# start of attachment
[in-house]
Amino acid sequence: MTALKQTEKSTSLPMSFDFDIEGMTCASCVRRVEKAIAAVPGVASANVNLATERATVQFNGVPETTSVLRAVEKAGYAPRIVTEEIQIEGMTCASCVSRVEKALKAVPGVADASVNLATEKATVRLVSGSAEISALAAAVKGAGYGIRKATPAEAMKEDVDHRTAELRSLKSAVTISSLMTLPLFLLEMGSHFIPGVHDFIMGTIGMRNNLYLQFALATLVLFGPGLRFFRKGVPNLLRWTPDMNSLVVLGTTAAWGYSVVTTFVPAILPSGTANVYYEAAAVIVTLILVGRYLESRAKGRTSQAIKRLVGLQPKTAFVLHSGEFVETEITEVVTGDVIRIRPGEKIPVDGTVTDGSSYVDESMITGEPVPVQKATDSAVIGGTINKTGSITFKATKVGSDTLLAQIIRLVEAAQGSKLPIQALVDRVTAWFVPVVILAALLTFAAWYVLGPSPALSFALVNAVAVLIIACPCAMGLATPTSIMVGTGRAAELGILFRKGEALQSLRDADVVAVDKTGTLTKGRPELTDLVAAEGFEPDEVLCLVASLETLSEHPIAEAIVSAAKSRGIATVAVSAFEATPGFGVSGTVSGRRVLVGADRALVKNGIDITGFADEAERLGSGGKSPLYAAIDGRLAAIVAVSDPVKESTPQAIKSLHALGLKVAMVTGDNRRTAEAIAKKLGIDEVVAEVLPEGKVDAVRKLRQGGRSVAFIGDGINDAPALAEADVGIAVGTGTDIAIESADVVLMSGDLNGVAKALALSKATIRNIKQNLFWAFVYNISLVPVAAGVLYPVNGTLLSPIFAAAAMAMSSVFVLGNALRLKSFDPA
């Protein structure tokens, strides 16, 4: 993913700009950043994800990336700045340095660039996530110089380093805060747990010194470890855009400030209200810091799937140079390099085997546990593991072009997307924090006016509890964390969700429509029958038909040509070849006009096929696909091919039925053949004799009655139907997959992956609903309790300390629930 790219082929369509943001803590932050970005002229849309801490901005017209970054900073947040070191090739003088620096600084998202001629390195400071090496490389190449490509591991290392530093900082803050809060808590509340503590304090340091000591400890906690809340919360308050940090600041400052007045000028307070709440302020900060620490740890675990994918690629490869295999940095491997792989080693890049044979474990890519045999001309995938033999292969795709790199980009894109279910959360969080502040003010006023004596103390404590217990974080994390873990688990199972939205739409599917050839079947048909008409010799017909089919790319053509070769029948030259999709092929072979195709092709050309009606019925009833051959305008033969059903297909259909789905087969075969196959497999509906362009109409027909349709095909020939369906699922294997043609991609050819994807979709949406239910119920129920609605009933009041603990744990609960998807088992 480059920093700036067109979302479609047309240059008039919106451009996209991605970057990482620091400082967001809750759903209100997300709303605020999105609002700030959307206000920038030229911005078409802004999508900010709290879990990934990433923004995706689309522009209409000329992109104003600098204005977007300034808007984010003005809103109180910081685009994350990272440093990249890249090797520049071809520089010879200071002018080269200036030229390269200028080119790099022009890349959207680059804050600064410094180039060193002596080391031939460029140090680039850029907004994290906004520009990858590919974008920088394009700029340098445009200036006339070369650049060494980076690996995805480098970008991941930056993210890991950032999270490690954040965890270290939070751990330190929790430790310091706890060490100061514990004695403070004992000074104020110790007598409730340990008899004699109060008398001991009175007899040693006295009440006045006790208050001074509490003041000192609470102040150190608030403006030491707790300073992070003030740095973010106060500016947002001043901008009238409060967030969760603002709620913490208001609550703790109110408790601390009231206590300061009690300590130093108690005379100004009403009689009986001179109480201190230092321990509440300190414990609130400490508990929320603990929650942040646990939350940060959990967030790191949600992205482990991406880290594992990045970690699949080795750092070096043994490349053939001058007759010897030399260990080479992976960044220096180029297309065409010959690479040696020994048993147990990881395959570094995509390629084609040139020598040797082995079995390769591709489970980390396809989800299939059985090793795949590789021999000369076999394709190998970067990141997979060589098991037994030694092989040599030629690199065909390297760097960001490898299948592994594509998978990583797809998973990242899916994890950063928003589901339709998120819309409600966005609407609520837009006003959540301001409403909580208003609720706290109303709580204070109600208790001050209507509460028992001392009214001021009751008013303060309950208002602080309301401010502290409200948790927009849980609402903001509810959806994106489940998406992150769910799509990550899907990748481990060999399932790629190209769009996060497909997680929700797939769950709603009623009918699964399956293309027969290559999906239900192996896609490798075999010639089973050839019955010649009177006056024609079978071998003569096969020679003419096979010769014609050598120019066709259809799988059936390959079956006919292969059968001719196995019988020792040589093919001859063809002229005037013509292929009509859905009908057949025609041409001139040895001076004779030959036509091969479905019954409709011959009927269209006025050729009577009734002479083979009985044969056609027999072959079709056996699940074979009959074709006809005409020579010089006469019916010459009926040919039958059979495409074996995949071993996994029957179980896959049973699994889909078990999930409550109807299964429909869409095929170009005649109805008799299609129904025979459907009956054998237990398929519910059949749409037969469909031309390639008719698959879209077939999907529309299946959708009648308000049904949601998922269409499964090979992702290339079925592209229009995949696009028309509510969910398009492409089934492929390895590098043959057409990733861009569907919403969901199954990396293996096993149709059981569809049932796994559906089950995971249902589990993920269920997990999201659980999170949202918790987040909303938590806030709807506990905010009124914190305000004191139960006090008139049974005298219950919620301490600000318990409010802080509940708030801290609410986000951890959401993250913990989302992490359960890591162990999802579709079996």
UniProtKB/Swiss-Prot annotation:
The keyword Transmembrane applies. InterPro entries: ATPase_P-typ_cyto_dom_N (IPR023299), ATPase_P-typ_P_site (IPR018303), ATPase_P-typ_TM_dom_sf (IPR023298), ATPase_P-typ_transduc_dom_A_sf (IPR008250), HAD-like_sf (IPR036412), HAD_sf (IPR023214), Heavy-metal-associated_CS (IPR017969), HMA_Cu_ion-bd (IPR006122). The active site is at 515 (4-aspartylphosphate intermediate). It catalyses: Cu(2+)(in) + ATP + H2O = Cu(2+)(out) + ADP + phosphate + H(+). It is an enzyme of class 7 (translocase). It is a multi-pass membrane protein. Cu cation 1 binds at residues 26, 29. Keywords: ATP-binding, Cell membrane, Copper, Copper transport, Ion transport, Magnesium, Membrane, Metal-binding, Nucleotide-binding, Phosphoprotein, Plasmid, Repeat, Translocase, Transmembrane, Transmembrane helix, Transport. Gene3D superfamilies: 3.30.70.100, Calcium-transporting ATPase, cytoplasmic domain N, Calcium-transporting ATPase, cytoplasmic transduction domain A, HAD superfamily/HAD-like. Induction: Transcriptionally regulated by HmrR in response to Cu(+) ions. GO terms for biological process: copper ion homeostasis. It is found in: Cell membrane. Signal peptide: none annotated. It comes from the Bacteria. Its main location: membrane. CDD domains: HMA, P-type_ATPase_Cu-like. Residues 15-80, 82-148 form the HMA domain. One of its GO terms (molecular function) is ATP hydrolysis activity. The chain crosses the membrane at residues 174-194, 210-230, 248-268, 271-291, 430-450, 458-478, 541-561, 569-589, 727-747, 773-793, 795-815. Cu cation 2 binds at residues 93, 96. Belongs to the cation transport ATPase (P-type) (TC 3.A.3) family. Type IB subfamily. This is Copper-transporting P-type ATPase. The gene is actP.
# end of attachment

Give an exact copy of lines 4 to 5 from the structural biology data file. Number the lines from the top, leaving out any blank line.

UniProtKB/Swiss-Prot annotation:
The keyword Transmembrane applies. InterPro entries: ATPase_P-typ_cyto_dom_N (IPR023299), ATPase_P-typ_P_site (IPR018303), ATPase_P-typ_TM_dom_sf (IPR023298), ATPase_P-typ_transduc_dom_A_sf (IPR008250), HAD-like_sf (IPR036412), HAD_sf (IPR023214), Heavy-metal-associated_CS (IPR017969), HMA_Cu_ion-bd (IPR006122). The active site is at 515 (4-aspartylphosphate intermediate). It catalyses: Cu(2+)(in) + ATP + H2O = Cu(2+)(out) + ADP + phosphate + H(+). It is an enzyme of class 7 (translocase). It is a multi-pass membrane protein. Cu cation 1 binds at residues 26, 29. Keywords: ATP-binding, Cell membrane, Copper, Copper transport, Ion transport, Magnesium, Membrane, Metal-binding, Nucleotide-binding, Phosphoprotein, Plasmid, Repeat, Translocase, Transmembrane, Transmembrane helix, Transport. Gene3D superfamilies: 3.30.70.100, Calcium-transporting ATPase, cytoplasmic domain N, Calcium-transporting ATPase, cytoplasmic transduction domain A, HAD superfamily/HAD-like. Induction: Transcriptionally regulated by HmrR in response to Cu(+) ions. GO terms for biological process: copper ion homeostasis. It is found in: Cell membrane. Signal peptide: none annotated. It comes from the Bacteria. Its main location: membrane. CDD domains: HMA, P-type_ATPase_Cu-like. Residues 15-80, 82-148 form the HMA domain. One of its GO terms (molecular function) is ATP hydrolysis activity. The chain crosses the membrane at residues 174-194, 210-230, 248-268, 271-291, 430-450, 458-478, 541-561, 569-589, 727-747, 773-793, 795-815. Cu cation 2 binds at residues 93, 96. Belongs to the cation transport ATPase (P-type) (TC 3.A.3) family. Type IB subfamily. This is Copper-transporting P-type ATPase. The gene is actP.